Speeding is illegal yet every day people speed. Some states have made using a cell phone while driving illegal, yet people still use them behind the wheel. What other options are there?
This is the point made by Juan Barnett when we pointed out that some of the statistics floating around the Internet on texting and driving may be misleading or inaccurate. The question is if a ban on cell phone use could really be effective. Reader Robert Carpenter opened up the discussion.
As much as I hate gov't interference in my daily life, as a cyclist and fellow driver I wouldn't mind a ban on cell phone usage. My state (VA) bans texting but allows use of smartphones to use Google Maps. I know it's tough to enforce distracted driving, but it's obvious that smartphone proliferation has not created a sense of responsibility while driving.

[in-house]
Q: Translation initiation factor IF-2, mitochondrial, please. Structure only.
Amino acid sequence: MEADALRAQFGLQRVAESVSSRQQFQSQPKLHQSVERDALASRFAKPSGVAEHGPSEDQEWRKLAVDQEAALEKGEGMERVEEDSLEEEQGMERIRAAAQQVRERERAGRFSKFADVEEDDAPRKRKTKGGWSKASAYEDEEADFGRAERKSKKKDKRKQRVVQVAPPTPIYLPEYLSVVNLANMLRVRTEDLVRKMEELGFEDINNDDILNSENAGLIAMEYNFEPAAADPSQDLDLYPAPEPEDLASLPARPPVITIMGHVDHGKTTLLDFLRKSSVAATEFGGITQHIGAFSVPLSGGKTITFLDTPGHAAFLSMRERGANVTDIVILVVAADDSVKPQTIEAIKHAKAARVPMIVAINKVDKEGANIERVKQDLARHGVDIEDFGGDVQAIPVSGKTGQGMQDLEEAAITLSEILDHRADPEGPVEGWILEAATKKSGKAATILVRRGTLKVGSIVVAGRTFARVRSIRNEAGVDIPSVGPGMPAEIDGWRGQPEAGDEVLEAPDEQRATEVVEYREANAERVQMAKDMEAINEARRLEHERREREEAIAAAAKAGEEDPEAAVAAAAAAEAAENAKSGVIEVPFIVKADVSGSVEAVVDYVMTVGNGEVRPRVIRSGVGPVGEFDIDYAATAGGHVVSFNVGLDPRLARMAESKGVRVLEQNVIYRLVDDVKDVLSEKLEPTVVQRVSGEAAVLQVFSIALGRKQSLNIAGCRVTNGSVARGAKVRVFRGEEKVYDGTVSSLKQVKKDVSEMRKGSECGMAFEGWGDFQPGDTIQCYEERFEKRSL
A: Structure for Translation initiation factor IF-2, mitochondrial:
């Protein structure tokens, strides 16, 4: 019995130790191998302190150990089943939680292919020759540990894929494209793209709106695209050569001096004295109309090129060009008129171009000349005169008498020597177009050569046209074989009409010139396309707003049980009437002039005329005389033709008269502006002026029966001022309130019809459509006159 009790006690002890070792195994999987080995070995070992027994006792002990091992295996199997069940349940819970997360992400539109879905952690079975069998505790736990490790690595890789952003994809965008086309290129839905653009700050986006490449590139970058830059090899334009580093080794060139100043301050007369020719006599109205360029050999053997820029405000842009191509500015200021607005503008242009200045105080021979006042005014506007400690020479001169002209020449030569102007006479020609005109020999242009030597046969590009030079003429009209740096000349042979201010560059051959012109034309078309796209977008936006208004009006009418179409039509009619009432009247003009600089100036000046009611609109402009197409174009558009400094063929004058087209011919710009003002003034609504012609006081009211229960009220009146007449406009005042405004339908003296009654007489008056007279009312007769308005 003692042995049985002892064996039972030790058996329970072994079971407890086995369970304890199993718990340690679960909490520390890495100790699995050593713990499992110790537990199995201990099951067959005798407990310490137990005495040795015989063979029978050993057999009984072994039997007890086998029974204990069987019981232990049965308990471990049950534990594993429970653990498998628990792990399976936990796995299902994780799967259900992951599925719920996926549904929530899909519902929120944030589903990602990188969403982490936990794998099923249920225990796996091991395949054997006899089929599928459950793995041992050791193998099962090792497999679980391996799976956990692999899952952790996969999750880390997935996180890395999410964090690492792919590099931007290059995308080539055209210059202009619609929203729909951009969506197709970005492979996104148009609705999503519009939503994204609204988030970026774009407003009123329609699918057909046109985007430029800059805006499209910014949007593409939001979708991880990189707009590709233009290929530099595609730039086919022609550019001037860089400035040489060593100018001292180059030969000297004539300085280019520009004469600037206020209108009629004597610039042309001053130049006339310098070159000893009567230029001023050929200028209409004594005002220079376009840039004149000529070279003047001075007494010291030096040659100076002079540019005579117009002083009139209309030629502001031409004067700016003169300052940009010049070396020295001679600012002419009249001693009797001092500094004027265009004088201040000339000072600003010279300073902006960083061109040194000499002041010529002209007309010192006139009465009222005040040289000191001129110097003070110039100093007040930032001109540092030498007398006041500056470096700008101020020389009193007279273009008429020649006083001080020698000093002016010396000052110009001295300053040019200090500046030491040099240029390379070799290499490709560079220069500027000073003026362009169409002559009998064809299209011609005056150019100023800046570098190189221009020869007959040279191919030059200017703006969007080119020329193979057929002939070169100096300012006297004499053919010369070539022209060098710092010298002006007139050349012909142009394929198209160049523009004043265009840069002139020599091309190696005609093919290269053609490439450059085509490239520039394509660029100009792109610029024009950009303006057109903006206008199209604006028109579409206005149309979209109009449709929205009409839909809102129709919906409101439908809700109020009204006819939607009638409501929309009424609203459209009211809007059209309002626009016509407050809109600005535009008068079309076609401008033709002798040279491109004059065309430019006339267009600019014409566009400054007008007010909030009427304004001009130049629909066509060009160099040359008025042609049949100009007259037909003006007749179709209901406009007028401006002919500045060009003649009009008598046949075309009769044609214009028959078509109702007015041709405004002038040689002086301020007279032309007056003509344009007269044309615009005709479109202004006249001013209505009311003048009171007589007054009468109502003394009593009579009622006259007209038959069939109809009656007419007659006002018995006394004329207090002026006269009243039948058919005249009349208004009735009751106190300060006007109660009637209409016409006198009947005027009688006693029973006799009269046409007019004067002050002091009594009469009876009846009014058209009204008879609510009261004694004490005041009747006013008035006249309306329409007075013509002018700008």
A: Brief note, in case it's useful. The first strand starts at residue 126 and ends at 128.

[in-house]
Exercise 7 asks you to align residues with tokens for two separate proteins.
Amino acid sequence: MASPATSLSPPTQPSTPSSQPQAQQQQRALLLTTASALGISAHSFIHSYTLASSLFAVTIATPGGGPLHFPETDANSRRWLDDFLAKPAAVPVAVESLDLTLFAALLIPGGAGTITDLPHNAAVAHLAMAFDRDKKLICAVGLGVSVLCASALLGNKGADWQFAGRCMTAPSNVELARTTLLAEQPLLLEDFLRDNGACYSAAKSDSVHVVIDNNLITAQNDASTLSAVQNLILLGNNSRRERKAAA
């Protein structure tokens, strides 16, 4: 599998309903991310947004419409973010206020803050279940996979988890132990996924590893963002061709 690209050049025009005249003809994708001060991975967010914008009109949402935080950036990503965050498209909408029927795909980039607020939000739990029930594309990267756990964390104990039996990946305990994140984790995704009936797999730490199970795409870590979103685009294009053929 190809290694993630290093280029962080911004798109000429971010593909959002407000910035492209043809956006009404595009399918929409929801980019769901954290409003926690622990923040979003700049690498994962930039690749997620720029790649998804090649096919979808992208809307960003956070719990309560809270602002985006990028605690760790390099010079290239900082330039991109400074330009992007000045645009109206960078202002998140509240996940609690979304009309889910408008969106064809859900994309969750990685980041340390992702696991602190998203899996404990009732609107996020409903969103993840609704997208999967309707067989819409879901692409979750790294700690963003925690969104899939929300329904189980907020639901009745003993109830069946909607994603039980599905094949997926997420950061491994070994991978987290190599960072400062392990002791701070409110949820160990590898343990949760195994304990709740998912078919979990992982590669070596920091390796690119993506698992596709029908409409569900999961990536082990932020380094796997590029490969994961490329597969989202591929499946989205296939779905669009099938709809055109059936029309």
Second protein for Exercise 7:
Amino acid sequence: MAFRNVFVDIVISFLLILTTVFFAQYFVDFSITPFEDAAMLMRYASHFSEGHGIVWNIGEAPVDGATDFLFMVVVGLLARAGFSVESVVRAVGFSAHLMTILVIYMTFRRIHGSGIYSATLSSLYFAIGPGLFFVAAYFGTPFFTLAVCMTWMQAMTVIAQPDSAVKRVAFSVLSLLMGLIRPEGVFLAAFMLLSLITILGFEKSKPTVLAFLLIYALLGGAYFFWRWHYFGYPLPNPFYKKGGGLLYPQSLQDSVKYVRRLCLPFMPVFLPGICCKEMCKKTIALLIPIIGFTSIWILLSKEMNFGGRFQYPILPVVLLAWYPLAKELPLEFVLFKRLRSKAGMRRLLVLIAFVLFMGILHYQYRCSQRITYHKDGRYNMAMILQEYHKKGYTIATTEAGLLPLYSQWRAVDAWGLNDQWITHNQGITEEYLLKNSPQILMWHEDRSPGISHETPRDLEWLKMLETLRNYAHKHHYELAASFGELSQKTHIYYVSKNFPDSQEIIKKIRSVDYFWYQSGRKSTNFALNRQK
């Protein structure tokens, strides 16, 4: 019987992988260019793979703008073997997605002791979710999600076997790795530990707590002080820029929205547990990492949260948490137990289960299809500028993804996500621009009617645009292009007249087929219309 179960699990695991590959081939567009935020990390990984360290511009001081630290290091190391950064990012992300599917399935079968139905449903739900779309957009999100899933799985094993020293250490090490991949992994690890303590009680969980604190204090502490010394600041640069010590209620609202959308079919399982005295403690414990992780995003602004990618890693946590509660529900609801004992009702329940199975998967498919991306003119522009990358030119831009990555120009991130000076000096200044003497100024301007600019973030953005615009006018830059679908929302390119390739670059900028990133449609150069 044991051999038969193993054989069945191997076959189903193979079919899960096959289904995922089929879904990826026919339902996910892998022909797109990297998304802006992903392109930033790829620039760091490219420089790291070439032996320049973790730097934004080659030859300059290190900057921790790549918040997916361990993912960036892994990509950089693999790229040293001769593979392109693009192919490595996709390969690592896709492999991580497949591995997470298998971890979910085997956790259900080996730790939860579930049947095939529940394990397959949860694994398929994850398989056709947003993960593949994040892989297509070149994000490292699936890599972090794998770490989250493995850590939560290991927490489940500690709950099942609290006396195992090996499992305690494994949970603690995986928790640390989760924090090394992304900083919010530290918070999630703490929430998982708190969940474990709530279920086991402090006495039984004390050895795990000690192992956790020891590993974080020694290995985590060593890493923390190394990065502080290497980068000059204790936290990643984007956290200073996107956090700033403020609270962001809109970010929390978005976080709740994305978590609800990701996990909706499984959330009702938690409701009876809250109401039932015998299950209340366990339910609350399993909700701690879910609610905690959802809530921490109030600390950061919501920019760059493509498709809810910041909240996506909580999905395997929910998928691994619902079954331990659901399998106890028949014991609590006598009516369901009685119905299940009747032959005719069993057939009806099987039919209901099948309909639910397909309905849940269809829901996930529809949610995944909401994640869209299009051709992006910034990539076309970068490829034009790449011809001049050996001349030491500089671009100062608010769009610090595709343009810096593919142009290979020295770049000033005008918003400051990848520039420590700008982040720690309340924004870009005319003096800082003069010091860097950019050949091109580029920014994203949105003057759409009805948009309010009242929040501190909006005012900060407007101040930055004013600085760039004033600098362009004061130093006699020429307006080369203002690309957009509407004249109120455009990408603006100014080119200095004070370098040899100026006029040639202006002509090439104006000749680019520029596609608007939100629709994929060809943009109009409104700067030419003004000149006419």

Reader WarShrike followed.
As a cyclist as well, even without cell phones, some people behind the wheel are just idiots and/or malicious.
This is where Juan Barnett stepped in.
Exactly. Saying cell phone use is illegal isn't the fix. It comes down to personal responsbility. People still speed. Everyday, yet it is illegal. Does it kill people? Most certainly does. But what can you do after making it against the law?
If you were stepping into the Secretary of Transportation's chair, what would you try and do to cut down cellphone and driving crashes? Would you even put a high priority on it in comparison to, say, drunk driving? What would you try and do?
Photo Credit: Steven Damron